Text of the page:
The Coral Triangle
The Coral Triangle is a marine area located in the western Pacific Ocean. It stretches from Indonesia and Malaysia in the west to the Philippines in the north, and Papua New Guinea, Timor Leste, the Solomon Islands and Fiji in the east. Its name comes from the staggering number of corals found in the area: nearly 600 different species of reef-building corals alone.
The region is home to:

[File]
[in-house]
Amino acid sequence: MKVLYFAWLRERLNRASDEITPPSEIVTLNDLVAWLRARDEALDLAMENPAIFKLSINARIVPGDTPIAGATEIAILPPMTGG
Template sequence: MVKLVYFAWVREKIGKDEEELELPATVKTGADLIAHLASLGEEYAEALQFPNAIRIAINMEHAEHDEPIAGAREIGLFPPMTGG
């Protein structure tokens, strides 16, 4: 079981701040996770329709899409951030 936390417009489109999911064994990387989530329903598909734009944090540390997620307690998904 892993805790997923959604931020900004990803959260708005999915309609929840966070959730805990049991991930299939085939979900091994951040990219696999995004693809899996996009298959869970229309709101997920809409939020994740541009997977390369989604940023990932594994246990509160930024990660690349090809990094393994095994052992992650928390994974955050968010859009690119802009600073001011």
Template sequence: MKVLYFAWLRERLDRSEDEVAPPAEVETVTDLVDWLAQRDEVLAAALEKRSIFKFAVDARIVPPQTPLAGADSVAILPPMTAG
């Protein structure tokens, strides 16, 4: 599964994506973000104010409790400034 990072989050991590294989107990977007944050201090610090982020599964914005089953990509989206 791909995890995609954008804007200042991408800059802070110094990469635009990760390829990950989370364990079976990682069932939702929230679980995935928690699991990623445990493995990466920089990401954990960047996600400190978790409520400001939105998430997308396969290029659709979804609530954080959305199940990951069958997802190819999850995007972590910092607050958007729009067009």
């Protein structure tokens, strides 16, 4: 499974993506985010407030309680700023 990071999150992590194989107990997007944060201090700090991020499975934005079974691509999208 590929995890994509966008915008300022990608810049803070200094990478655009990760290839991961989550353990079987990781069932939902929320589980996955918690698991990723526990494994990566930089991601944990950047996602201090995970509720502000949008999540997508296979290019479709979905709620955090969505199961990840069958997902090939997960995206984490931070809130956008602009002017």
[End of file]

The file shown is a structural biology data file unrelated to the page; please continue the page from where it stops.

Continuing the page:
– Six of the world’s seven marine turtle species
– And more than 2000 species of reef fish.
– Over 120 million people live in the Coral Triangle and rely on its coral reefs for food, income and protection from storms.
– The Coral Triangle has more coral reef fish diversity than anywhere else in the world:
37% of the world’s coral reef fish species (6,000), and 56% of the coral reef fishes in the Indo-Pacific region (4,050).
Fiji lies at the eastern extremity of the triangle and with a population of under one million, is a less populated area. The reefs are an integral part of life there.